Enter the metaverse, Yndi and ill peach digitize their music

Taking notes on the expanding possibilities of internet culture via some of IDOL’s most creative digital release campaigns. Let’s dive into Yndi’s “Noir” music video turned video game, and ill peach’s dollhouse shaped metaverse for inspiration.

Standing out in today’s saturated digital music landscape is becoming more and more of a challenge. To make a mark, artists are beginning to explore the emerging horizons of the digital and social worlds for answers. Among the most impressive digital crossover events was Epic Games collaboration with Travis Scott and Marshmello or more recently with Ariana Grande, for concerts that gathered millions of players on Fortnite. Likewise, the virtual reality platform Decentraland organized a music festival, To The Moon, half live and half online via their metaverse.

However, the multi-million dollar collaborations of gaming monsters aren’t the only avenues for artists to develop their footprint in the digital space. For example, IDOL’s own Yndi talks about how she turned her video “Nuit” into a video game and the duo ill peach, a new US based addition to IDOL’s roster via Pop Can Records, explains how they designed a metaverse for their EP, EXCUSE US WHILE WE FIND OUR MINDS.


For Yndi’s first single, “Nuit”, off her latest album Noir Bresil, she called on directors Mohammed Megdoul and Camille Petit to create a music video. After a few great ideas from the video’s creative process, the mobile video game Sanctuary was born.

In a video posted on her YouTube channel, Yndi invites the directors to explain how the video game came about. Mohammed Megdoul and Camille Petit were first inspired by Yndi’s mood board to create the clip which included cut outs of video games, photos of Brazil, and videos inspired by a Brazilian ritual.

Camille and Mohammed quickly decided to make the clip in a game engine. “We wanted a living space in which to walk around with our camera, like a reporter on the field.” To do this, they turned to Ferdinand Dervieux, a programmer with an artistic sensibility.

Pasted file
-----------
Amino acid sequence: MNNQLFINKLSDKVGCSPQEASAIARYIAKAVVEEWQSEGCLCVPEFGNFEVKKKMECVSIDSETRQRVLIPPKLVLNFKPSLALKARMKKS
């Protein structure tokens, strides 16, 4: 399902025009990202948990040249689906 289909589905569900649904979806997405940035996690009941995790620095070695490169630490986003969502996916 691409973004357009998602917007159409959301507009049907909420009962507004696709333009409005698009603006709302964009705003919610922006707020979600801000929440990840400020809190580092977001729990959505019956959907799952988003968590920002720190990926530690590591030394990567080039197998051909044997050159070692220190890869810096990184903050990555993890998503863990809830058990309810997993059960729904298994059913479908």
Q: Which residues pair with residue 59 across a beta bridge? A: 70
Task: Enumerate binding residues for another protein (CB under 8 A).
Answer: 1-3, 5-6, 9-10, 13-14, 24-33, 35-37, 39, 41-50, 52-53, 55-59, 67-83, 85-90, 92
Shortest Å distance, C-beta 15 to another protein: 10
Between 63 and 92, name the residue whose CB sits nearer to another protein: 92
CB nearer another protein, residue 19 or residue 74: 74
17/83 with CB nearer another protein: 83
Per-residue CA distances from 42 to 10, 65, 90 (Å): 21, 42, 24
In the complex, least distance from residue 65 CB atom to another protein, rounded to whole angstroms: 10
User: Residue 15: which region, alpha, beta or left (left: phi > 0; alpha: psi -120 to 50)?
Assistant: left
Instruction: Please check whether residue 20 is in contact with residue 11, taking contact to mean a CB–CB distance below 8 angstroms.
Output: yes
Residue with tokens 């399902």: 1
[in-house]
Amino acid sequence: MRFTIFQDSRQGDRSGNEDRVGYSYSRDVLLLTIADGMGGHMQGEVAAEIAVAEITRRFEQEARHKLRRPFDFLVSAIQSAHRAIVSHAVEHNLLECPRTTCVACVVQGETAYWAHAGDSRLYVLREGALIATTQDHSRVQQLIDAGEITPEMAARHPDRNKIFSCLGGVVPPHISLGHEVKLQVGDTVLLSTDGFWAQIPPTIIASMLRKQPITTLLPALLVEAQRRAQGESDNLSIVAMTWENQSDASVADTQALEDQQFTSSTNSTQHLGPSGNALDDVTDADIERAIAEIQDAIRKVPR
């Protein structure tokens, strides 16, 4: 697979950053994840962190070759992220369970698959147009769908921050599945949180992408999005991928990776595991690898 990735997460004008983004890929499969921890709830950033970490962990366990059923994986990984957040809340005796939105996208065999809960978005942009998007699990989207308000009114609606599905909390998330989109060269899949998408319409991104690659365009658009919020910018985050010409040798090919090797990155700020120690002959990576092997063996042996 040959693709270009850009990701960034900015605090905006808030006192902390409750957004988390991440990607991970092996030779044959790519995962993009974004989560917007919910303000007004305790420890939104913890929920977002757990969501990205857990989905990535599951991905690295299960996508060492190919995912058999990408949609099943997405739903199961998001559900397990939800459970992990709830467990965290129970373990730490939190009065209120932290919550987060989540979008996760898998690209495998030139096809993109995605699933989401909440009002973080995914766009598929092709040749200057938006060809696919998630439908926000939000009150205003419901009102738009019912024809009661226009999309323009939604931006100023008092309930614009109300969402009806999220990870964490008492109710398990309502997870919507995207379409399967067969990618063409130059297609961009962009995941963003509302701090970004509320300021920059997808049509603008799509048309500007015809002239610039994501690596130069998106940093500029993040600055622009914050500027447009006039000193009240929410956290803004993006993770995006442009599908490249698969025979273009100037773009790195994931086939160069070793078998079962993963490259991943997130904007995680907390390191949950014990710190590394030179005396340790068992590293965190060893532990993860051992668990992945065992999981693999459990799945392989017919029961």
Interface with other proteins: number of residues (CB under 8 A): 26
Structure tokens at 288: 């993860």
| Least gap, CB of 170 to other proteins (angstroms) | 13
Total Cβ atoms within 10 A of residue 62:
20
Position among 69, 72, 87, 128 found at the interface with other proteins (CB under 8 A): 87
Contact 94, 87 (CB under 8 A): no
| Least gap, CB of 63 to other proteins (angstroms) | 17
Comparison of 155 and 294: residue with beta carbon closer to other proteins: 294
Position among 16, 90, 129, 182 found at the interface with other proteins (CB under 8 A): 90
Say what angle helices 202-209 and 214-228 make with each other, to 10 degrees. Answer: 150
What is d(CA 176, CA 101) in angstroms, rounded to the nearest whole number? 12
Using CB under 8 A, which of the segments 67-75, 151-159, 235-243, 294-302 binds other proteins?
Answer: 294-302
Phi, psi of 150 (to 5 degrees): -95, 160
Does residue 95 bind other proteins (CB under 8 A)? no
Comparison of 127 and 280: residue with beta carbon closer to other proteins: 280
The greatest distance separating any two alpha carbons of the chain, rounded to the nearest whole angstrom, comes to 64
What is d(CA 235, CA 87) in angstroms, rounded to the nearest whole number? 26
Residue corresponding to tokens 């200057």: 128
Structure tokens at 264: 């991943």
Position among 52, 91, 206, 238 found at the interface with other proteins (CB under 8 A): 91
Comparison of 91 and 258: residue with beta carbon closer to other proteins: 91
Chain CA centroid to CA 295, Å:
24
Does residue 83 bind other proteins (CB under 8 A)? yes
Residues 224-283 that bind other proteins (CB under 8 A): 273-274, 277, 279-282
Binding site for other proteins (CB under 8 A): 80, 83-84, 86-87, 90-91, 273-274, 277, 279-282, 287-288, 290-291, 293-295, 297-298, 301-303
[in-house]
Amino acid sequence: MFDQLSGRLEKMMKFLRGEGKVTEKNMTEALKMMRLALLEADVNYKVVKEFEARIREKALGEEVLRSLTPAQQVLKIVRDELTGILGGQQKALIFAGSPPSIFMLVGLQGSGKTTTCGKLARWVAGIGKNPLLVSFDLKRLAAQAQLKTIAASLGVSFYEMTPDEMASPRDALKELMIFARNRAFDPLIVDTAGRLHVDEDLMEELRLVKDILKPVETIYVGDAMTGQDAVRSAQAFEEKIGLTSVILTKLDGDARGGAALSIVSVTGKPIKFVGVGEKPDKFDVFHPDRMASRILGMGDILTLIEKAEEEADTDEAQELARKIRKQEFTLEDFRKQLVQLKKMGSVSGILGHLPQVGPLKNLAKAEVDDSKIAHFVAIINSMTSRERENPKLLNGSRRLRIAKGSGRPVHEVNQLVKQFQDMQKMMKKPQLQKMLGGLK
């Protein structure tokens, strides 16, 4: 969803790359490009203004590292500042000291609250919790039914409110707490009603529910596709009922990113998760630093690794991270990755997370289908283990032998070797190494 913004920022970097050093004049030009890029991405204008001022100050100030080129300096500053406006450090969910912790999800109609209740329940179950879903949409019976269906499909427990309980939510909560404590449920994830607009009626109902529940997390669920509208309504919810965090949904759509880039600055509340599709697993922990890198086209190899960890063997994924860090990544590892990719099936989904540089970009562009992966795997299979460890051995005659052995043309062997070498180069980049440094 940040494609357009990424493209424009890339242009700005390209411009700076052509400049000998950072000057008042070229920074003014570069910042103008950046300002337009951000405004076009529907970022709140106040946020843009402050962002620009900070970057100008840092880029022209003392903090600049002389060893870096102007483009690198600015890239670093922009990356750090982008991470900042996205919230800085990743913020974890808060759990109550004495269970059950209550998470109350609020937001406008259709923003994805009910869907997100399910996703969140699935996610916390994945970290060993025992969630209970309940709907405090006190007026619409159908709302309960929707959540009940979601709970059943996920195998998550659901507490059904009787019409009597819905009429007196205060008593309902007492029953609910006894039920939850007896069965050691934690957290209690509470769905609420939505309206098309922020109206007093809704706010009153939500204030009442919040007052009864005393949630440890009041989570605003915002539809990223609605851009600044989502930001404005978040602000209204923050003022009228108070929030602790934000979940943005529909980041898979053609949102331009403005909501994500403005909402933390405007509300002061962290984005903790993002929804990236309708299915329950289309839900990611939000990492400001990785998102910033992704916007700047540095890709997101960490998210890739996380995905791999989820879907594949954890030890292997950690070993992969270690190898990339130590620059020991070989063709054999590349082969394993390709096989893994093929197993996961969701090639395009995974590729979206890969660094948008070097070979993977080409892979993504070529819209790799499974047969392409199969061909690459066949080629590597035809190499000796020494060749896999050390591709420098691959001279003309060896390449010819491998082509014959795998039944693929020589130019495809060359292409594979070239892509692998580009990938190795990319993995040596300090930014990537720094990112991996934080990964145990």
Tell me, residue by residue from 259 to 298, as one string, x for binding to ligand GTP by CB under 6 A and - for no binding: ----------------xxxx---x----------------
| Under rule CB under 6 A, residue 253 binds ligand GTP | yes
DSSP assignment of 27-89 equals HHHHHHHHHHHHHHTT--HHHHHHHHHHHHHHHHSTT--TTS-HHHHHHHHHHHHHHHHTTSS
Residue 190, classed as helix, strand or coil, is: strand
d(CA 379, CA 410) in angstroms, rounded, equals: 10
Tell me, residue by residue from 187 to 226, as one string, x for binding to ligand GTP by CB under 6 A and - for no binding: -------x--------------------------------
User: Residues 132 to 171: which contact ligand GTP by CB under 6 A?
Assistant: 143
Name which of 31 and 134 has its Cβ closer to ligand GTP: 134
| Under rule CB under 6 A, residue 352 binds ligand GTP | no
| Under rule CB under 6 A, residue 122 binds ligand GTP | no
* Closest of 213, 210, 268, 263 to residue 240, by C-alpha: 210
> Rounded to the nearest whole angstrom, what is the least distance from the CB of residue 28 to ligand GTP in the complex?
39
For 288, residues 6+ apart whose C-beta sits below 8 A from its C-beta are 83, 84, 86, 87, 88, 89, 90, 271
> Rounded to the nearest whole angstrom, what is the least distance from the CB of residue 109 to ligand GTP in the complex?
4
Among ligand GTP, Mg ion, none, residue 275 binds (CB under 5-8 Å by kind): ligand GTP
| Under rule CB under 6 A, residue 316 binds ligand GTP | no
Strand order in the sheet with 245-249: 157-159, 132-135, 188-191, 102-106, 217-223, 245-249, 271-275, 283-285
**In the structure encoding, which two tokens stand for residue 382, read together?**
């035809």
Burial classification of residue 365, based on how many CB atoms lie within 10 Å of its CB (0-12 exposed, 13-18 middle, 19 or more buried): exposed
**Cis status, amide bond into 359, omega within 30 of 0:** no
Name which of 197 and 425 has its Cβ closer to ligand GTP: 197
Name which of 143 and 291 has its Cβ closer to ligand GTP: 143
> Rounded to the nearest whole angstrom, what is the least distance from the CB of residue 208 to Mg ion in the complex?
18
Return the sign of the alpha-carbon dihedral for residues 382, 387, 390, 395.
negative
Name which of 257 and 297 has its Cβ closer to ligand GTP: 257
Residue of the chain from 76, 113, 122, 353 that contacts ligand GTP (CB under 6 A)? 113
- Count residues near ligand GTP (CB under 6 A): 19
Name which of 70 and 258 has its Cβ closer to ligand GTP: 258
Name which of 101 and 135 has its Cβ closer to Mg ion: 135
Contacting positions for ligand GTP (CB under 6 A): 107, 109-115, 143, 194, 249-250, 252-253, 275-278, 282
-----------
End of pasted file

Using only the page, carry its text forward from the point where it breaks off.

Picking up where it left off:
The game was designed from 3D models, from there the directors shot the clip inside: “We had two joysticks, one to control the character and the other to control the camera. In turn, Camille moved the character and Mohammed filmed. It was like a real movie shoot.”

One thing led to another and Camille and Mohammed suggested that Yndi make a mini video game. “When we made the clip, we thought that it would be a shame not to take it to its logical conclusion.” Sanctuary was born, with the primary goal of introducing people to Yndi’s sound.

ill peach

Taking digital design to the next forefront, the duo ill peach decided to create their very own metaverse. “When the NFT exploded on the web, we were intrigued. We explored a little, and discovered metaverses. These are virtual worlds, designed by artists, with virtual art galleries to display their NFTs,” explains Pat Morrissey.

Neither he nor Jess Corazza were NFT insiders, but they were seduced by these new opportunities to interact as artists. “We wanted to create a world where our music could exist, but also imagine an extra dimension for our band.” The duo then got in touch with New Art City, who offered to introduce them to an artist from their gallery. ill peach then imagined extending their video for “GUM” into a virtual reality.

Their metaverse is built from the ruins of a dollhouse where the video takes place, with clickable 3D objects in each corner that link to lyrics, videos, and new tracks. “The rooms in the house represent different parts of our mind, our imagination.”

ill peach didn’t stop there, as this metaverse is set to become their band’s homebase, with a new room created for each new video or track release. “People can discover our music but with a little more control than with a simple video: you choose where to click, you explore. It’s a way to engage our audience. It’s a real experience.”

Visit ill peach’s metaverse

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